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Q&A: SAP on Rich Apps, Architecture and Ajax-Based Portal Enhancements
Rich Internet applications promise interfaces that are more responsive, productive and adaptable to various deployment environments. SAP executives Dennis Moore, General Manager of Emerging Solutions, and Andrew Cabanski-Dunning, marketing director for NetWeaver User Productivity Solutions, discuss the required back-end infrastructure, and they reveal plans for Ajax-powered portal functionality to be introduced at next month's Sapphire event.
Last month we discussed rich Internet application (RIA) strategy with Oracle and Adobe. What's SAP doing to help customers infuse Web-based apps with rich-client functionality?
Dennis Moore (DM): RIA, services-oriented architecture (SOA), metadata, model-driven architecture, event-driven architecture - all of these aspects of Enterprise 2.0 really go together very nicely. It's nearly impossible to achieve a RIA architecture - even on one of the many RIA stacks - unless you've done a decent job of service-orienting the underlying capabilities you want to access. You need the metadata that describes not just the business process execution, but also the metadata that describes conceptually what the service is doing, how it can be used, and how it should adapt to different device capabilities in order to give you a rich application. That could be on a PDA or a smart phone as well as on widgets, Flash-type experiences as well as dynamic HTML Ajax-types of environments.
So SAP has spent the last several years doing all the really hard work of making all the capabilities of the MySAP business suite available for consumption through well-defined, rich-metadata-enabled services using all of the standards that you would expect to see.
What about front-end [UI] capabilities?
DM: We also have Web 2.0 functionality available now - portal, widgets, RSS, wikis, blogs and Ajax technologies - but having a rich, service-enabled backend is more important because proprietary systems don't really connect easily with environments like Ajax, widgets, Flash and so on. These environments are very friendly with standard Web services and rich XML metadata descriptions from the server. The front-end capabilities are interesting, but they're not that interesting until you can connect them to interesting back-end capabilities. RIA needs standard Web services from the backend in order to do what they do well. The front-end capabilities are interesting, but they're not that interesting until you can connect them to interesting back-end capabilities.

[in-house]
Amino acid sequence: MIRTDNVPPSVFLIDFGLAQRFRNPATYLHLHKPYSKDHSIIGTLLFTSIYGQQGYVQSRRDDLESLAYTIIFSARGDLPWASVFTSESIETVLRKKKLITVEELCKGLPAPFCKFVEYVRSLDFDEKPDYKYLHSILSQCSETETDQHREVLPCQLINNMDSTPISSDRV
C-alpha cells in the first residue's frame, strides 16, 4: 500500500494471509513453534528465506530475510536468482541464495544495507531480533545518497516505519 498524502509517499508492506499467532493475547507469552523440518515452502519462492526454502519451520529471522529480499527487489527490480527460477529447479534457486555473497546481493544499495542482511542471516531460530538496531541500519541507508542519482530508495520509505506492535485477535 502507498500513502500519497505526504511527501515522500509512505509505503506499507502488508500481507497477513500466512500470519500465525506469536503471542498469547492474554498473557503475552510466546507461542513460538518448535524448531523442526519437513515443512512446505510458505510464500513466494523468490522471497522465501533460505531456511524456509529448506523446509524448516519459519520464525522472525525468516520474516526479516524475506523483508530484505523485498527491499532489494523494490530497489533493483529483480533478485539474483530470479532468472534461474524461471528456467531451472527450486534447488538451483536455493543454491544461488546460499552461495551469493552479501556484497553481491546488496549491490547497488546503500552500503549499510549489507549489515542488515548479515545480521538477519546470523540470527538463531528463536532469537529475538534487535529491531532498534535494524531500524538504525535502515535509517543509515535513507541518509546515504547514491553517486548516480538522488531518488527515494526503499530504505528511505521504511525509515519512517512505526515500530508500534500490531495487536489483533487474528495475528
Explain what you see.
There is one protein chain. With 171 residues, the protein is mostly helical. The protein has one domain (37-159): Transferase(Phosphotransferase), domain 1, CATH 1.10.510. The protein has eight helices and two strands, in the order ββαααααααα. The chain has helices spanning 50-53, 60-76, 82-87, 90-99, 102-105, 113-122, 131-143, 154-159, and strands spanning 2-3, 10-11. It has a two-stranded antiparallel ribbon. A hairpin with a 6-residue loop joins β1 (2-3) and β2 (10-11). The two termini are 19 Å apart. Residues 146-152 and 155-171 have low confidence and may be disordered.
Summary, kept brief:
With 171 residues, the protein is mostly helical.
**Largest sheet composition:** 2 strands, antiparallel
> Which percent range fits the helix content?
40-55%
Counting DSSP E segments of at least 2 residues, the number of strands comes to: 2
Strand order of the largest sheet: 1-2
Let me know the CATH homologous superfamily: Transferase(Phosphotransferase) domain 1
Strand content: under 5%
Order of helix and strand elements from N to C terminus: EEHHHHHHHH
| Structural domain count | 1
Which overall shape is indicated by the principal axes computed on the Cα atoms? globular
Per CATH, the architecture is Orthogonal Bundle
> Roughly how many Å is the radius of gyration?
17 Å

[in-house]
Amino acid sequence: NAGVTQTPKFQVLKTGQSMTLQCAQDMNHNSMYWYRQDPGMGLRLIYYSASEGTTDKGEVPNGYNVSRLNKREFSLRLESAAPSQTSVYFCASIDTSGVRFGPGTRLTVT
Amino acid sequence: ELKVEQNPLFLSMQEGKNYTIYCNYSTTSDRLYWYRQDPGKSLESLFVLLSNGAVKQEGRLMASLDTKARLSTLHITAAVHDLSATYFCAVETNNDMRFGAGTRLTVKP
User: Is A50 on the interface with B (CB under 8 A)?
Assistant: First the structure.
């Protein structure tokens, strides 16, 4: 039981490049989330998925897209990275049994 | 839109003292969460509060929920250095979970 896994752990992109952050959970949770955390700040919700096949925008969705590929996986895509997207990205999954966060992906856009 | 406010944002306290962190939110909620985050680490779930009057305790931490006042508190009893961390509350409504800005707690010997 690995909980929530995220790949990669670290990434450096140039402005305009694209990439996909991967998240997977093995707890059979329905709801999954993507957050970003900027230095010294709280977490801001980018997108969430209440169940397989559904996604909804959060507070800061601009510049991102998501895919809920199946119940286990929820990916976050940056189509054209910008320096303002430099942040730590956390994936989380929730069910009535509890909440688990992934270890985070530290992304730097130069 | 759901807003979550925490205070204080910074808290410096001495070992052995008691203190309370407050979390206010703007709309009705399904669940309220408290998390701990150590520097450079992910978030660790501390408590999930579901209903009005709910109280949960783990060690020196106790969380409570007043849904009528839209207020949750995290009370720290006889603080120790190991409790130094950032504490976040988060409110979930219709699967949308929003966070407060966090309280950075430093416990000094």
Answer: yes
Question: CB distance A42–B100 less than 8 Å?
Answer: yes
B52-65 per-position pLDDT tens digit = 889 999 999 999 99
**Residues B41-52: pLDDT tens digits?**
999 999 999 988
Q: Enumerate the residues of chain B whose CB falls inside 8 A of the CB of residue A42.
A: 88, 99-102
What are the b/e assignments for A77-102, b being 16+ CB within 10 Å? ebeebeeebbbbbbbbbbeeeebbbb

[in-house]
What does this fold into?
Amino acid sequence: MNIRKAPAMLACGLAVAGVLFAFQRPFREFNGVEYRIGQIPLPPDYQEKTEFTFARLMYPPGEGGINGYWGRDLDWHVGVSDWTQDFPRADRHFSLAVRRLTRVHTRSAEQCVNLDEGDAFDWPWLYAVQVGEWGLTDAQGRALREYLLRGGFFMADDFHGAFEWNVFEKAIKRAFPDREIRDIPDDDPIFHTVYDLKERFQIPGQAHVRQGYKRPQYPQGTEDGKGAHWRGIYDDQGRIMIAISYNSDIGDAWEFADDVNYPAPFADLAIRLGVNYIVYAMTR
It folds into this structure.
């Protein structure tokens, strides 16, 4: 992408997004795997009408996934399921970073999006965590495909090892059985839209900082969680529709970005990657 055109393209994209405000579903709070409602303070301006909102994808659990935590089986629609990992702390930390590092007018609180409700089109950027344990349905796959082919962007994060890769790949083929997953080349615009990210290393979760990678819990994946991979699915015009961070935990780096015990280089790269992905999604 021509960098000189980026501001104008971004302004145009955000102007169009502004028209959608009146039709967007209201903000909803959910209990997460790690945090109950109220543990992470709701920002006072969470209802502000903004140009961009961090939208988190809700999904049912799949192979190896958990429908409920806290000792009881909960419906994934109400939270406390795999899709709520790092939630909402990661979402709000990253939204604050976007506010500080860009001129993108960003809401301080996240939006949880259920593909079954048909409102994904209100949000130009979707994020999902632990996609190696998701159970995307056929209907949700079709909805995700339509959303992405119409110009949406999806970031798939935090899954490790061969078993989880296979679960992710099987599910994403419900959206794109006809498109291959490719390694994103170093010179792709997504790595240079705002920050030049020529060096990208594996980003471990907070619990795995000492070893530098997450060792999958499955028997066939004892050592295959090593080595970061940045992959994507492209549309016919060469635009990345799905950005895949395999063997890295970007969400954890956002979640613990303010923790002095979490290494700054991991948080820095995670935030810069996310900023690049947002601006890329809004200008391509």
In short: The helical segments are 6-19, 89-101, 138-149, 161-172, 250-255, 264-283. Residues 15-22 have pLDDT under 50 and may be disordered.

That's an important point, but can you say more about what you can do in the user environment?
Andrew Cabanski-Dunning (ACD): In January we introduced the SAP NetWeaver Business Client, which is an out-of-the-box, rich-client user interface (UI) for applications. It's flexible and it consumes services from the NetWeaver environment as well as other types of content - HTML, Flash/Flex, etc. Where Oracle and other vendors are saying "we'll give you a toolkit to build or enrich user interfaces," we're actually delivering a client with a highly interactive UI and simple, role-based navigation. It connects to the NetWeaver stack on the back end and pulls in key services for things like aggregation and navigation.
Does the client download online and does it support offline operation and resynchronization?
ACD: There is a client-side component that's installed dynamically, and it has all the levels of interactivity that you would expect from a new-generation client. It acts in the same way as a browser but uses XML instead of HTML to load the content into the client. There's also direct interaction with the desktop, so you can do things like drag-and-drop content between applications. The offline/resynchronization capabilities will come in the next version of the client. That's one of the key advantages of going beyond the browser, so we have included that in the roadmap.
You mentioned Ajax. Where does that come in?
ACD: A lot of portal users are getting very familiar and experienced in working with Web environments and using Web 2.0 technologies to customize and personalize their UIs. We're using Ajax to deliver a new Portal UI that will let users simplify their experience and create their own environment. We're also going to enable them to switch between a Web-style UI and a desktop-style UI if they're used to looking at things like folders and file icons rather than arrows and links.
The new Portal UI is called Lightning [as a project code name], and we're going to be demonstrating it at Sapphire (April 22-25). Many Web 2.0 capabilities are rolled into a project called Collaborative Portal, and that will include distributed Web content publishing, UI personalization, wikis and blogs, and "Community" capabilities that can be taken from an individual level to a team to an entire community of practice. We'll also support networking and communication between those communities using tags, so that's a very, very important introduction.
Is all that a Sapphire announcement or a release?
ACD: The portal capabilities are coming out in two phases in terms of packaged products, and the first will be released at Sapphire.
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